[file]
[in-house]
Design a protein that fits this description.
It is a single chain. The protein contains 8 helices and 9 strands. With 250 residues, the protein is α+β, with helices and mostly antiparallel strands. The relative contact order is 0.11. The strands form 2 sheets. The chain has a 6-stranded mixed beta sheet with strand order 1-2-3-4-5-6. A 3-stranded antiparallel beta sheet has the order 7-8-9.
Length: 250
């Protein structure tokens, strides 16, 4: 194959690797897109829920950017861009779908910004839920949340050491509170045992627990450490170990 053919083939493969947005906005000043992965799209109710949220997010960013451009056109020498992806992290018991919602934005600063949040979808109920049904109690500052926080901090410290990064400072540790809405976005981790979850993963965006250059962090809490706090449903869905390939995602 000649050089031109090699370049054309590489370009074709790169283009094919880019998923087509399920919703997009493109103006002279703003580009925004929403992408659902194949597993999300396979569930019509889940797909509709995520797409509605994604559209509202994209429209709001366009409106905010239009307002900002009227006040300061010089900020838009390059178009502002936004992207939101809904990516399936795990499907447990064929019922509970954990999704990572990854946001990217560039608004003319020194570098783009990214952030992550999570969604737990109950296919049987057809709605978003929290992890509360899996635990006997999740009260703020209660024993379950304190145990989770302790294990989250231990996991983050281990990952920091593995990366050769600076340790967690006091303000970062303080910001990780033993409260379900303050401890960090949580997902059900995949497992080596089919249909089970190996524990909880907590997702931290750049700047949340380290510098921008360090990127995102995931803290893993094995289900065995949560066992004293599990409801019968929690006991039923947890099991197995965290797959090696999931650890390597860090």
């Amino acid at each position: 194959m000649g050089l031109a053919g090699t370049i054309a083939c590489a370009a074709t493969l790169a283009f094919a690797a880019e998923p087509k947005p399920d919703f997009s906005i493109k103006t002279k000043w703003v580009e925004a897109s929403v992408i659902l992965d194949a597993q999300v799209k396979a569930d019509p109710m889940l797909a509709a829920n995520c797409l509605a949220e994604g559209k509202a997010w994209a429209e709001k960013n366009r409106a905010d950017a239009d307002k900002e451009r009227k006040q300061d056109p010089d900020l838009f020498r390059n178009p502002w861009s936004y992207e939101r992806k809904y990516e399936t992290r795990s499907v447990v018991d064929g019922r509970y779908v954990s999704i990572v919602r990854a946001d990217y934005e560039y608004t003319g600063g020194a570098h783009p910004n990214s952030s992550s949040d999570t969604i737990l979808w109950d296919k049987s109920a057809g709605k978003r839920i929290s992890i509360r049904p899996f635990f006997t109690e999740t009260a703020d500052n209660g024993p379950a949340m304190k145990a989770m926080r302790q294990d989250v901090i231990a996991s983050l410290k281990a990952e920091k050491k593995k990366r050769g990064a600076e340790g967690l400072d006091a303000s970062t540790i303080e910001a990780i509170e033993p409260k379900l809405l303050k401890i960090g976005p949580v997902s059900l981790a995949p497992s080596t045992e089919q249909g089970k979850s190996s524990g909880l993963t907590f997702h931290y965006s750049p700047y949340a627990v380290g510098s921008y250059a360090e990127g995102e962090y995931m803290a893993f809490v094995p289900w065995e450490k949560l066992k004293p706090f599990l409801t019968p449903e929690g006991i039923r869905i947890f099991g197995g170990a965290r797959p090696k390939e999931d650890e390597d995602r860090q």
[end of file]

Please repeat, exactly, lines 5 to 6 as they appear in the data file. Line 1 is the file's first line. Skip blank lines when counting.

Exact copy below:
């Protein structure tokens, strides 16, 4: 194959690797897109829920950017861009779908910004839920949340050491509170045992627990450490170990 053919083939493969947005906005000043992965799209109710949220997010960013451009056109020498992806992290018991919602934005600063949040979808109920049904109690500052926080901090410290990064400072540790809405976005981790979850993963965006250059962090809490706090449903869905390939995602 000649050089031109090699370049054309590489370009074709790169283009094919880019998923087509399920919703997009493109103006002279703003580009925004929403992408659902194949597993999300396979569930019509889940797909509709995520797409509605994604559209509202994209429209709001366009409106905010239009307002900002009227006040300061010089900020838009390059178009502002936004992207939101809904990516399936795990499907447990064929019922509970954990999704990572990854946001990217560039608004003319020194570098783009990214952030992550999570969604737990109950296919049987057809709605978003929290992890509360899996635990006997999740009260703020209660024993379950304190145990989770302790294990989250231990996991983050281990990952920091593995990366050769600076340790967690006091303000970062303080910001990780033993409260379900303050401890960090949580997902059900995949497992080596089919249909089970190996524990909880907590997702931290750049700047949340380290510098921008360090990127995102995931803290893993094995289900065995949560066992004293599990409801019968929690006991039923947890099991197995965290797959090696999931650890390597860090």
């Amino acid at each position: 194959m000649g050089l031109a053919g090699t370049i054309a083939c590489a370009a074709t493969l790169a283009f094919a690797a880019e998923p087509k947005p399920d919703f997009s906005i493109k103006t002279k000043w703003v580009e925004a897109s929403v992408i659902l992965d194949a597993q999300v799209k396979a569930d019509p109710m889940l797909a509709a829920n995520c797409l509605a949220e994604g559209k509202a997010w994209a429209e709001k960013n366009r409106a905010d950017a239009d307002k900002e451009r009227k006040q300061d056109p010089d900020l838009f020498r390059n178009p502002w861009s936004y992207e939101r992806k809904y990516e399936t992290r795990s499907v447990v018991d064929g019922r509970y779908v954990s999704i990572v919602r990854a946001d990217y934005e560039y608004t003319g600063g020194a570098h783009p910004n990214s952030s992550s949040d999570t969604i737990l979808w109950d296919k049987s109920a057809g709605k978003r839920i929290s992890i509360r049904p899996f635990f006997t109690e999740t009260a703020d500052n209660g024993p379950a949340m304190k145990a989770m926080r302790q294990d989250v901090i231990a996991s983050l410290k281990a990952e920091k050491k593995k990366r050769g990064a600076e340790g967690l400072d006091a303000s970062t540790i303080e910001a990780i509170e033993p409260k379900l809405l303050k401890i960090g976005p949580v997902s059900l981790a995949p497992s080596t045992e089919q249909g089970k979850s190996s524990g909880l993963t907590f997702h931290y965006s750049p700047y949340a627990v380290g510098s921008y250059a360090e990127g995102e962090y995931m803290a893993f809490v094995p289900w065995e450490k949560l066992k004293p706090f599990l409801t019968p449903e929690g006991i039923r869905i947890f099991g197995g170990a965290r797959p090696k390939e999931d650890e390597d995602r860090q």